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Japanese Steel Manufacturer Looks to Boost Extruder Sales

 JSW’s booth at K 2016 JSW’s booth at K 2016

Japan Steel Works Ltd. sees significant potential in the Iranian extrusion market with the lifting of nuclear sanctions on the country and plans a seminar there in early 2017 to kick off its effort.

Tokyo-based JSW announced the seminar just ahead of K 2016–trade fair for plastics and rubber industry held in the German city of Düsseldorf October 19-26–and company executives said in an interview at the show that they see a lot of interest from potential customers, even if access to financing in Iran remains a hurdle, reads an article published by American weekly Plastics News.

Miki Wakayama, general manager of JSW’s plastics machinery sales department, said JSW has a historically strong relationship with Iran, with about a 50% market share for extruders for polyolefins.

After the sanctions took effect a decade ago, that business fell dramatically. But JSW was able to continue to sell spare parts, provide support and maintain communication with the market, in accordance with United Nations sanctions and Japanese government rules, she said.

“Of course, we have suffered from the sanctions,” said Tadashi Gion, JSW assistant sales manager. “We were prohibited to export some critical parts of the main body of the extruder.”

Now, with the financial sanctions being lifted and long-term potential in Iran with its 80 million people, the company said there is interest from the market to expand its plastics industry and find higher-value uses for its oil and gas.

“They have oil and gas, ideas and demand, but they don’t have the financing capability,” said Gion, who is organizing the seminar in Tehran. “We have several potential projects in Iran, but most do not have clear financing situations.”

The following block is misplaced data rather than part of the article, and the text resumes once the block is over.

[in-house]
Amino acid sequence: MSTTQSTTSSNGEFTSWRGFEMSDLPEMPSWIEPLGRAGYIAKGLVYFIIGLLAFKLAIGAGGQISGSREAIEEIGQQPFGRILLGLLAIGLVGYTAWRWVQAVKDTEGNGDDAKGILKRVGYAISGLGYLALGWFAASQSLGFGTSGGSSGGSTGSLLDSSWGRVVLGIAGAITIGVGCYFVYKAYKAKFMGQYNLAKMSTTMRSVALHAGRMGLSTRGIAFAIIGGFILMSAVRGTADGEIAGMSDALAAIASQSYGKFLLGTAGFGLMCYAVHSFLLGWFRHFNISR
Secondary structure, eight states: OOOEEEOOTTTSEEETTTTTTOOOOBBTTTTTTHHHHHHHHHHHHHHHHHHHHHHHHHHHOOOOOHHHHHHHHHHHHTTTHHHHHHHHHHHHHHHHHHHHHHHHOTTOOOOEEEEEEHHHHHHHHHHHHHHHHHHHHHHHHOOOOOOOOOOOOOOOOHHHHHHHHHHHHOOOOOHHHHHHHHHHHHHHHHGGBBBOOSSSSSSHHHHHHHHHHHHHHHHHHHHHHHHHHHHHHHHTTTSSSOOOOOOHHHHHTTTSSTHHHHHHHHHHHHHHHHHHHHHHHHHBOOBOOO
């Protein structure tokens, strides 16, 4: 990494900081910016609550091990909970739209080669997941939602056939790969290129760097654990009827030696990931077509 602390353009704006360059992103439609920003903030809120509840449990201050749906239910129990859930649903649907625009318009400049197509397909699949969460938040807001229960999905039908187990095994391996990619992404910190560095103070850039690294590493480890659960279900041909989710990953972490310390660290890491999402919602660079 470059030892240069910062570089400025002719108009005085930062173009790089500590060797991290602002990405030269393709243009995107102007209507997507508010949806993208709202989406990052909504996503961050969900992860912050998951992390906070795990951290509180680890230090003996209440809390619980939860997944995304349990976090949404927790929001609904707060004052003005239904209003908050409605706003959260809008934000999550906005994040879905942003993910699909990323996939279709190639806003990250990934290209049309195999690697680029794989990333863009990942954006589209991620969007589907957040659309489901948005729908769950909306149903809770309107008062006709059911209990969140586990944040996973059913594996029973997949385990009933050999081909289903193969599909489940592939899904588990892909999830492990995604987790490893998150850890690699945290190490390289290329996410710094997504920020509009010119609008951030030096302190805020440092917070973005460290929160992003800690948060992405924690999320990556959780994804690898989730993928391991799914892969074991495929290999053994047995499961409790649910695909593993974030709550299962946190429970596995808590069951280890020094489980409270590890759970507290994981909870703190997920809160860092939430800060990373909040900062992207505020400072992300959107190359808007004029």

But, he said, “The customers are thinking seriously.”

The seminar is planned for February 15, immediately following a two-day conference organized by the Iran Masterbatch & Compound Producers Association. JSW estimates 100 people will attend.

The company said the seminar will emphasize JSW’s large twin- and single-screw extruders and mixers for polypropylene and polyethylene.

Wakayama said Iranians have a lot of technical skills in manufacturing and JSW sees opportunities in industries like automobiles, packaging, and the medical and pharmaceutical markets.

“Before the sanctions, Iran had a larger auto manufacturing industry than the United Kingdom,” she said.

“It will take Iran at least one year to work out the financing hurdles, she said.

JSW also said the Iranian market push is being helped by its May 2015 acquisition of South Korean extrusion machinery maker SM Platek.

SMP also delivered many extruders to the Iranian market before the sanctions.

JSW’s public statement of its interest in Iran follows other similar announcements from the global machinery industry.

In December, the German VDMA plastics and rubber machinery trade group held a seminar in Tehran that drew 500 attendees.

And the organizers of K 2016, Germany’s Messe Düsseldorf GmbH, in September 2015 announced a partnership with the Iran Plast Fair, the country’s largest plastics show.

“I think it is going to be a race,” said Thomas Behne, with Windsor Kunststofftechnologie GmbH in Hanau, Germany, which has been selling JSW machines in Germany since 2007.

“German and Swiss makers of extrusion equipment are also gearing up for expected demand in Iran,” he said.

In other developments at K 2016, JSW said it is moving its existing European extrusion technical laboratory in Overpelt, Belgium, to Dusseldorf by the end of the year.

“It’s a larger laboratory, allowing the company to expand its technical service offerings and be more centrally located for the European market,” Gion said.

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